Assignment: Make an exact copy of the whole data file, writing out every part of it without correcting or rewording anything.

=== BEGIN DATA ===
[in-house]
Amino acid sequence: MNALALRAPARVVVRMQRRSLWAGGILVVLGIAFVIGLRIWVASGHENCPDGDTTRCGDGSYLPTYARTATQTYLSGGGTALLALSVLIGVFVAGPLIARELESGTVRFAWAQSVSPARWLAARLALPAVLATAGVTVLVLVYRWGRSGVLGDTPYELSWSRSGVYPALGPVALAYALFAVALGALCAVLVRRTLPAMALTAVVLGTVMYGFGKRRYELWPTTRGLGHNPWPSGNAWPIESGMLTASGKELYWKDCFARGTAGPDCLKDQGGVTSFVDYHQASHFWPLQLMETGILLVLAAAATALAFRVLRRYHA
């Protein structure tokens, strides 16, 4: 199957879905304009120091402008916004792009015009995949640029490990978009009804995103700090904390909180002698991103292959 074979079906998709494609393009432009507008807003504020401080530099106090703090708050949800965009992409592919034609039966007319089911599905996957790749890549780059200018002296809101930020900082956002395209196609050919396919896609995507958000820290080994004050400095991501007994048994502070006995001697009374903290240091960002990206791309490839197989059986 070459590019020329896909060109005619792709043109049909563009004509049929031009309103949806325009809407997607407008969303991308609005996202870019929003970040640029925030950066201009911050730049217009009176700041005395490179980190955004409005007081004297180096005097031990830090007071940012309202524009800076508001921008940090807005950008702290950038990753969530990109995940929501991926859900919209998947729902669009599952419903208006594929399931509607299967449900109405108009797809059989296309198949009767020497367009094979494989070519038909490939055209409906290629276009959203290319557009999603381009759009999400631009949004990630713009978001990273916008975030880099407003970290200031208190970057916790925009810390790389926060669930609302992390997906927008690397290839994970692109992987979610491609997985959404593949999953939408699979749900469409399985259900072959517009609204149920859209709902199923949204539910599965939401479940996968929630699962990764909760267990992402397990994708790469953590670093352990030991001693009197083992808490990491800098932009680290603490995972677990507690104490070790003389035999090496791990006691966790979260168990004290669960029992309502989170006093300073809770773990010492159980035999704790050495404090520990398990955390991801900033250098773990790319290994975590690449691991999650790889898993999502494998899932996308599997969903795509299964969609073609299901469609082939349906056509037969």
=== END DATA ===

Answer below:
[in-house]
Amino acid sequence: MNALALRAPARVVVRMQRRSLWAGGILVVLGIAFVIGLRIWVASGHENCPDGDTTRCGDGSYLPTYARTATQTYLSGGGTALLALSVLIGVFVAGPLIARELESGTVRFAWAQSVSPARWLAARLALPAVLATAGVTVLVLVYRWGRSGVLGDTPYELSWSRSGVYPALGPVALAYALFAVALGALCAVLVRRTLPAMALTAVVLGTVMYGFGKRRYELWPTTRGLGHNPWPSGNAWPIESGMLTASGKELYWKDCFARGTAGPDCLKDQGGVTSFVDYHQASHFWPLQLMETGILLVLAAAATALAFRVLRRYHA
């Protein structure tokens, strides 16, 4: 199957879905304009120091402008916004792009015009995949640029490990978009009804995103700090904390909180002698991103292959 074979079906998709494609393009432009507008807003504020401080530099106090703090708050949800965009992409592919034609039966007319089911599905996957790749890549780059200018002296809101930020900082956002395209196609050919396919896609995507958000820290080994004050400095991501007994048994502070006995001697009374903290240091960002990206791309490839197989059986 070459590019020329896909060109005619792709043109049909563009004509049929031009309103949806325009809407997607407008969303991308609005996202870019929003970040640029925030950066201009911050730049217009009176700041005395490179980190955004409005007081004297180096005097031990830090007071940012309202524009800076508001921008940090807005950008702290950038990753969530990109995940929501991926859900919209998947729902669009599952419903208006594929399931509607299967449900109405108009797809059989296309198949009767020497367009094979494989070519038909490939055209409906290629276009959203290319557009999603381009759009999400631009949004990630713009978001990273916008975030880099407003970290200031208190970057916790925009810390790389926060669930609302992390997906927008690397290839994970692109992987979610491609997985959404593949999953939408699979749900469409399985259900072959517009609204149920859209709902199923949204539910599965939401479940996968929630699962990764909760267990992402397990994708790469953590670093352990030991001693009197083992808490990491800098932009680290603490995972677990507690104490070790003389035999090496791990006691966790979260168990004290669960029992309502989170006093300073809770773990010492159980035999704790050495404090520990398990955390991801900033250098773990790319290994975590690449691991999650790889898993999502494998899932996308599997969903795509299964969609073609299901469609082939349906056509037969």